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“Pizzagate” is all the rage in Iceland and the rest of the world Food Life and Style 

“Pizzagate” is all the rage in Iceland and the rest of the world

Pineapples, hams, olive toppings or whatever else does or does not belong on pizza have sparked a memeable debate among Italian cuisine lovers. In the case of the infamous Hawaiian flavor, a classic staple in pizza parlors, some foodies just find pineapple chunks on pizza an invalid concept in the history of mankind.

But as the rest of us are only human with less than zero super powers, one supreme individual has expressed his distaste for the odd combo that he wished he could make it illegal in his small country.

If President Guðni Th. Jóhannesson of Iceland only had his way, he would pass a ban on pineapple as a pizza topping if he had the power to pass laws on his own.

The provocative comments that caused outrage around the world were in response to inquiries from students about what he thought of the fruit as a pizza topping while visiting a local high school.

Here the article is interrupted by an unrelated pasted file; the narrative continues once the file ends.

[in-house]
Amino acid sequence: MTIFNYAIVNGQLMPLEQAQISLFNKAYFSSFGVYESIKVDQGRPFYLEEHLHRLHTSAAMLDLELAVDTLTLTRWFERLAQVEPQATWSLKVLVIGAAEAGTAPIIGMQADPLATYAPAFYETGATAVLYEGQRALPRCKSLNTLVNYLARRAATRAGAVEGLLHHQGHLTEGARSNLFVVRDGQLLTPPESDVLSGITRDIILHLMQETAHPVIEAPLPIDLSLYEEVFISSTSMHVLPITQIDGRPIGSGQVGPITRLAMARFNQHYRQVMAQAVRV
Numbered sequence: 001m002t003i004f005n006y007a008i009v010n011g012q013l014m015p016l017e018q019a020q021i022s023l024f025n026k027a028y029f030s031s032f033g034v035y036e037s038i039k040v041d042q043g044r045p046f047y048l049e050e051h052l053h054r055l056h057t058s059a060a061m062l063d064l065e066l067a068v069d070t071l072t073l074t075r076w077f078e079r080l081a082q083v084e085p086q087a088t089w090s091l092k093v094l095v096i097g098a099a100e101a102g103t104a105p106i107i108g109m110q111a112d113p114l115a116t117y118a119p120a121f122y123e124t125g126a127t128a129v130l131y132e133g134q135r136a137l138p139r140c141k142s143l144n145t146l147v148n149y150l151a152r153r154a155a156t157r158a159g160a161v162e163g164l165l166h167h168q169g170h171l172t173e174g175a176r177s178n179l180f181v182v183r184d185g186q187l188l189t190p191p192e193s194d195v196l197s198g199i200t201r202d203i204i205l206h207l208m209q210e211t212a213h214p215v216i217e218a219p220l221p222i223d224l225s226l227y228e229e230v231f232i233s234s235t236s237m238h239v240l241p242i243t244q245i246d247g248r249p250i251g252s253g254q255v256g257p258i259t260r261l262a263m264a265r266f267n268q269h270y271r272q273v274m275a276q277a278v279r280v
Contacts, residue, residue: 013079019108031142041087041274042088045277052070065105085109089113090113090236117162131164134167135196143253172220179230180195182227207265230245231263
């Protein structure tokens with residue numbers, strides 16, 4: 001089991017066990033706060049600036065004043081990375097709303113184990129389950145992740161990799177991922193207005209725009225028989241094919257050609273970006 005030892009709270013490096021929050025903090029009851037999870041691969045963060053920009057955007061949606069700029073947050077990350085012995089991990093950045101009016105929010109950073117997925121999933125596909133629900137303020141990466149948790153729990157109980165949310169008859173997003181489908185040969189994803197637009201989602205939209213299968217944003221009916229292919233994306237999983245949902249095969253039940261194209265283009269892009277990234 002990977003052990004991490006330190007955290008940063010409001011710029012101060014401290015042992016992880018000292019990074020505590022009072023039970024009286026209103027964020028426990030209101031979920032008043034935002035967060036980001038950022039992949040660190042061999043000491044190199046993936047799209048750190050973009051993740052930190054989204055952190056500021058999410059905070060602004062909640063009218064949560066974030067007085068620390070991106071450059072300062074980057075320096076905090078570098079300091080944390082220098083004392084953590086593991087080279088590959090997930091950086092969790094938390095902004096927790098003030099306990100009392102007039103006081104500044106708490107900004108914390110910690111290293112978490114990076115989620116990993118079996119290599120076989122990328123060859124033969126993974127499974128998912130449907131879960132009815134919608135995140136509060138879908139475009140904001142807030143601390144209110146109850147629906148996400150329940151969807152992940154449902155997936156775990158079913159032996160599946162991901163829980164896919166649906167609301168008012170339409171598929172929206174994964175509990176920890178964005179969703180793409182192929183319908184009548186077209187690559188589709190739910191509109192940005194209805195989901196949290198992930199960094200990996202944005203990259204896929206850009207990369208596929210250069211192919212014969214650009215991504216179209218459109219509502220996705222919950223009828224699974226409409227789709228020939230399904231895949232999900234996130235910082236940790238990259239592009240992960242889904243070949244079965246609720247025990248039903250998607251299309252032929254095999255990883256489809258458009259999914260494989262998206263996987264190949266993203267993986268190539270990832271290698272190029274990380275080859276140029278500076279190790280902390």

Twitter has picked up on the controversial opinion that would later on spread on Facebook.

Jóhannesson, fresh from the flush of his 15 minutes of fame, also clarified on his official Facebook page saying non-pineapple pizzas were just his personal preference and that he’s glad he doesn’t have the power to ban pizza toppings:

“I like pineapples, just not on pizza. I do not have the power to make laws which forbid people to put pineapples on their pizza. I am glad that I do not hold such power. Presidents should not have unlimited power. I would not want to hold this position if I could pass laws forbidding that which I don’t like. I would not want to live in such a country. For pizzas, I recommend seafood.”

Then here comes a bonus — he thinks seafood are right at home on pizzas.

Photo courtesy of Humanstein



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